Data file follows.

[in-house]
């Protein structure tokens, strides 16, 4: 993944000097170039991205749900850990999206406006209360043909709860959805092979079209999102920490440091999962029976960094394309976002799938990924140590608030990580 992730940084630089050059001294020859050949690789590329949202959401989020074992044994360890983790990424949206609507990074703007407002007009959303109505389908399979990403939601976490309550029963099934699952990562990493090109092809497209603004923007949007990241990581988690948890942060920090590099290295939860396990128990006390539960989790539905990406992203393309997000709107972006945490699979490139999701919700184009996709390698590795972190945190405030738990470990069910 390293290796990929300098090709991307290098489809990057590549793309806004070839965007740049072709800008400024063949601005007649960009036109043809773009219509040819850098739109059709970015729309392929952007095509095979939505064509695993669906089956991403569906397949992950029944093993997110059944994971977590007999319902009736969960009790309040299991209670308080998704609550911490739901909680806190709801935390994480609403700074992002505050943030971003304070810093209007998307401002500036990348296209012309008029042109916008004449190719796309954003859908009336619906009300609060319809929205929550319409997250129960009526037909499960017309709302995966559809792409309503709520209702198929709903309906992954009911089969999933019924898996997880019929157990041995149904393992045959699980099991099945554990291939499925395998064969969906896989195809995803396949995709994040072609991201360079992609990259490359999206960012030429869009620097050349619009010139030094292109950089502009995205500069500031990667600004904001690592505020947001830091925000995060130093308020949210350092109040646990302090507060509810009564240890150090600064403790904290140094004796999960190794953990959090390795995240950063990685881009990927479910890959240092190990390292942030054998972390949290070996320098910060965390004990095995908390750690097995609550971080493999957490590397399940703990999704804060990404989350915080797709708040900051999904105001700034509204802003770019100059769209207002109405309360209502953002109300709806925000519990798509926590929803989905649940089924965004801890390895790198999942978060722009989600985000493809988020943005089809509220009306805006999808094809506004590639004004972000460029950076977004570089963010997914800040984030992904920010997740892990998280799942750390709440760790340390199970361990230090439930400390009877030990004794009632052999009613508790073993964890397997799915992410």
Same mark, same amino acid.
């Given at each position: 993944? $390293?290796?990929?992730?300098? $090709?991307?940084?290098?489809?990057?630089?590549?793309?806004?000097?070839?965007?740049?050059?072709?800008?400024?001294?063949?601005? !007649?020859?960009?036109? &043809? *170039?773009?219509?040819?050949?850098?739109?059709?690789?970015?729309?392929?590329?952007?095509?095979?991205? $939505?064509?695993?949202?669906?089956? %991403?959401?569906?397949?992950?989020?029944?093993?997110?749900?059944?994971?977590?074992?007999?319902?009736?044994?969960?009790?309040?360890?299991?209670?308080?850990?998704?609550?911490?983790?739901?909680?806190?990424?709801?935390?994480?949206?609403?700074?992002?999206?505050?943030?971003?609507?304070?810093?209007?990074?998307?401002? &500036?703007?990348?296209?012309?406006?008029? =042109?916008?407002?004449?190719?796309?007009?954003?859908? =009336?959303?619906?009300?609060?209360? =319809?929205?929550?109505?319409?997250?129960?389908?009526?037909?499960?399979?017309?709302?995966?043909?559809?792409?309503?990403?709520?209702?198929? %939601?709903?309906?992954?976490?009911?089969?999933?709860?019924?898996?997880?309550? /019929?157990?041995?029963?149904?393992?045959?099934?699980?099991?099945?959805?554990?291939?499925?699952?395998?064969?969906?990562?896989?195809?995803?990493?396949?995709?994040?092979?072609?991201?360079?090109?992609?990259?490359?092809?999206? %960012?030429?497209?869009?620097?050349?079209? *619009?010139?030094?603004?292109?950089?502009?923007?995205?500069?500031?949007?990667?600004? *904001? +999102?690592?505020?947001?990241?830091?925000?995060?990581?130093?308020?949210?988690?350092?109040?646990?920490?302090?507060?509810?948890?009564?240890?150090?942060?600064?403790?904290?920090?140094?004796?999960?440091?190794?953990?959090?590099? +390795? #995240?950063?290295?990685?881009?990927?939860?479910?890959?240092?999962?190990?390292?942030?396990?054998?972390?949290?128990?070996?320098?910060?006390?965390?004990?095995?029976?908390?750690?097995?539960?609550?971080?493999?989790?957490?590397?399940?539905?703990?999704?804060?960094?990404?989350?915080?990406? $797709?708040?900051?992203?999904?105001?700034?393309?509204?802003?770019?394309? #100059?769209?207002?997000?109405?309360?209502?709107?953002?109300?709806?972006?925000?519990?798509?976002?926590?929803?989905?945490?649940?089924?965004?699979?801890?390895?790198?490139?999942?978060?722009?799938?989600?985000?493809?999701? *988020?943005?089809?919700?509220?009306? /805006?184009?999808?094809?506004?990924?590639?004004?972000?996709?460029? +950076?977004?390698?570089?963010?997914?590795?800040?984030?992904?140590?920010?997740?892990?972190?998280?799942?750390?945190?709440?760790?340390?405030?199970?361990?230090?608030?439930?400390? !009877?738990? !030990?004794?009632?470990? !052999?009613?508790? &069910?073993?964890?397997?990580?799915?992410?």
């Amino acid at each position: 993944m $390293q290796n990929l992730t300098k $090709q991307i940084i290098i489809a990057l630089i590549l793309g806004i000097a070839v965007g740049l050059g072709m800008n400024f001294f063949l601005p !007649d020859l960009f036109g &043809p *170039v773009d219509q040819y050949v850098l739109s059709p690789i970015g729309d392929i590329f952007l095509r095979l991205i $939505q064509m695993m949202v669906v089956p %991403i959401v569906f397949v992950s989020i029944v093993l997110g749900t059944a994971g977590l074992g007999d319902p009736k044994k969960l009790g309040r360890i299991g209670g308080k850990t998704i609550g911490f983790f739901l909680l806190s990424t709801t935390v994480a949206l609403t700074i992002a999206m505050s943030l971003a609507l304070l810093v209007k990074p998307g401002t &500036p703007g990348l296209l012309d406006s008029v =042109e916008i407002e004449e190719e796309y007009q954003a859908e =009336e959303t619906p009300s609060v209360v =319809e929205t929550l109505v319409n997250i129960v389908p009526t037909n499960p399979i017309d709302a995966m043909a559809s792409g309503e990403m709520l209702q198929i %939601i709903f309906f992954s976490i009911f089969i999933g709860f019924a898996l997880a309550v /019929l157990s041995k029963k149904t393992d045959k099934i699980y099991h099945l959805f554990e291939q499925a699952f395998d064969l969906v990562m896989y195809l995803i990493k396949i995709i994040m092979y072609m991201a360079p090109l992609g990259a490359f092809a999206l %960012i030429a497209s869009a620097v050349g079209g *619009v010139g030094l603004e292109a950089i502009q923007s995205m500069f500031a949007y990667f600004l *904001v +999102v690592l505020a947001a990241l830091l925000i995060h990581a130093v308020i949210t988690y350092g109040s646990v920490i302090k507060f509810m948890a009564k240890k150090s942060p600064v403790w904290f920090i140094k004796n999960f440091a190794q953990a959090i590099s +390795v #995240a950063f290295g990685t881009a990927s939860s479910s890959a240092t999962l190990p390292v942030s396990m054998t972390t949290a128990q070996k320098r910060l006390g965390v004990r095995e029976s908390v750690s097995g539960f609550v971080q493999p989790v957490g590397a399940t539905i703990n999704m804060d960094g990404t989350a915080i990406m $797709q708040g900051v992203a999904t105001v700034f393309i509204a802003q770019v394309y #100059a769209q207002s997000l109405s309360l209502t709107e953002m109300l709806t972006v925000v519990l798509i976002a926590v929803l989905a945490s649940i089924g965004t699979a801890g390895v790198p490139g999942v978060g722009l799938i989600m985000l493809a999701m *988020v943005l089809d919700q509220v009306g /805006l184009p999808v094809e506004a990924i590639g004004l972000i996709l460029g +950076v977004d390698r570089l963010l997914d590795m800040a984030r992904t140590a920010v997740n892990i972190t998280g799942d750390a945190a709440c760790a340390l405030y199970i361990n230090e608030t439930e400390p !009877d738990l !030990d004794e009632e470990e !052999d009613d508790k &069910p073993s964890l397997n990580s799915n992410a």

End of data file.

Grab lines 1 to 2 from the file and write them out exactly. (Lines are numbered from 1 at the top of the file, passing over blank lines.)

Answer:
[in-house]
């Protein structure tokens, strides 16, 4: 993944000097170039991205749900850990999206406006209360043909709860959805092979079209999102920490440091999962029976960094394309976002799938990924140590608030990580 992730940084630089050059001294020859050949690789590329949202959401989020074992044994360890983790990424949206609507990074703007407002007009959303109505389908399979990403939601976490309550029963099934699952990562990493090109092809497209603004923007949007990241990581988690948890942060920090590099290295939860396990128990006390539960989790539905990406992203393309997000709107972006945490699979490139999701919700184009996709390698590795972190945190405030738990470990069910 390293290796990929300098090709991307290098489809990057590549793309806004070839965007740049072709800008400024063949601005007649960009036109043809773009219509040819850098739109059709970015729309392929952007095509095979939505064509695993669906089956991403569906397949992950029944093993997110059944994971977590007999319902009736969960009790309040299991209670308080998704609550911490739901909680806190709801935390994480609403700074992002505050943030971003304070810093209007998307401002500036990348296209012309008029042109916008004449190719796309954003859908009336619906009300609060319809929205929550319409997250129960009526037909499960017309709302995966559809792409309503709520209702198929709903309906992954009911089969999933019924898996997880019929157990041995149904393992045959699980099991099945554990291939499925395998064969969906896989195809995803396949995709994040072609991201360079992609990259490359999206960012030429869009620097050349619009010139030094292109950089502009995205500069500031990667600004904001690592505020947001830091925000995060130093308020949210350092109040646990302090507060509810009564240890150090600064403790904290140094004796999960190794953990959090390795995240950063990685881009990927479910890959240092190990390292942030054998972390949290070996320098910060965390004990095995908390750690097995609550971080493999957490590397399940703990999704804060990404989350915080797709708040900051999904105001700034509204802003770019100059769209207002109405309360209502953002109300709806925000519990798509926590929803989905649940089924965004801890390895790198999942978060722009989600985000493809988020943005089809509220009306805006999808094809506004590639004004972000460029950076977004570089963010997914800040984030992904920010997740892990998280799942750390709440760790340390199970361990230090439930400390009877030990004794009632052999009613508790073993964890397997799915992410």